THE company which lays down the Rebound Ace hard courts for the Australian Open says research debunks player criticism that they are dangerous.
Paul Bull, the technical director of the Rebound Ace company and the man responsible for developing the courts in 1988, said testing showed Australian Lleyton Hewitt's claims about the safety of the courts were incorrect.
He said the pace of the surface had not changed since last year.
Hewitt has been a vitriolic critic of the surface and demanded they be fixed, saying they were slower than the courts used for the 2005 championships.
American James Blake said the playing surface in Melbourne was notorious for foot and ankle injuries.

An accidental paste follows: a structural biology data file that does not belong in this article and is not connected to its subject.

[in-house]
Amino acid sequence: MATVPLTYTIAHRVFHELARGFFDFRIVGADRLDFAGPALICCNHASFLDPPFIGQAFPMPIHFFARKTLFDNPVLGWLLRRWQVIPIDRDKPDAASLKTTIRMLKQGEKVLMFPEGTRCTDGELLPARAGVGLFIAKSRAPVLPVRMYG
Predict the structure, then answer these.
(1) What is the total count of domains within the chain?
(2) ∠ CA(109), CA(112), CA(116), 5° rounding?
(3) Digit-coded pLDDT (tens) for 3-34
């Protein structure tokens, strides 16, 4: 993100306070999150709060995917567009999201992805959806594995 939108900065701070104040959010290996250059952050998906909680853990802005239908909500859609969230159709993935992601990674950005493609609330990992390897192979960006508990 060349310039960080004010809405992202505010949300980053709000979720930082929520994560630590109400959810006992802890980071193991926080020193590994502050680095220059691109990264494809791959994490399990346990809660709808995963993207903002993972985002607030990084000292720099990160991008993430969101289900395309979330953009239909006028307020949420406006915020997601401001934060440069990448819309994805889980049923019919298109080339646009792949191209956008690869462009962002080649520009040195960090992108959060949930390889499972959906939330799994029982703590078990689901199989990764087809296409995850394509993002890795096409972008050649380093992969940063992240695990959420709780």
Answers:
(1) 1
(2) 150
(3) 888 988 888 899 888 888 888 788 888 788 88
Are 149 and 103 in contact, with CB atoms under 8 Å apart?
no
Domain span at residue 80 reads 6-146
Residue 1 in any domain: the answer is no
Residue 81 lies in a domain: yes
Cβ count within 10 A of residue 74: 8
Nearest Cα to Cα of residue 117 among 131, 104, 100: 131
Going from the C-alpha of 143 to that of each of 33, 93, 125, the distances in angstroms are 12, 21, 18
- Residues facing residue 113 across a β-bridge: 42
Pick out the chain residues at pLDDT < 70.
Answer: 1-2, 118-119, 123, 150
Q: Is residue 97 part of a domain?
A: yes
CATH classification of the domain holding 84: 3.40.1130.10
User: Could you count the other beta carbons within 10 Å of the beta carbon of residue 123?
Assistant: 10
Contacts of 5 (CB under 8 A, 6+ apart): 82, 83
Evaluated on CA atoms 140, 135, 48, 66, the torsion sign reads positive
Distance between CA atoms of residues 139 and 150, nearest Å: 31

Australia's Davis Cup chiropractor Andreas Bisaz was also quoted in the press this week as saying the rubberised courts were a major problem for players.
I think it is dangerous, he said. From my perspective, obviously they should (change the surface) because I can see more serious problems in the years to come.
Bull disputes claims that players are susceptible to injuries from playing on the hard courts.
The Women's Tennis Association (WTA) did a lot of research on this in 2004, Bull told the Melbourne Age yesterday.
They canvassed a whole host of players and it was something like 0.01% of players that had played on Rebound Ace had injuries and, of those, every one, without exception, was carrying that injury into the tournament. AFP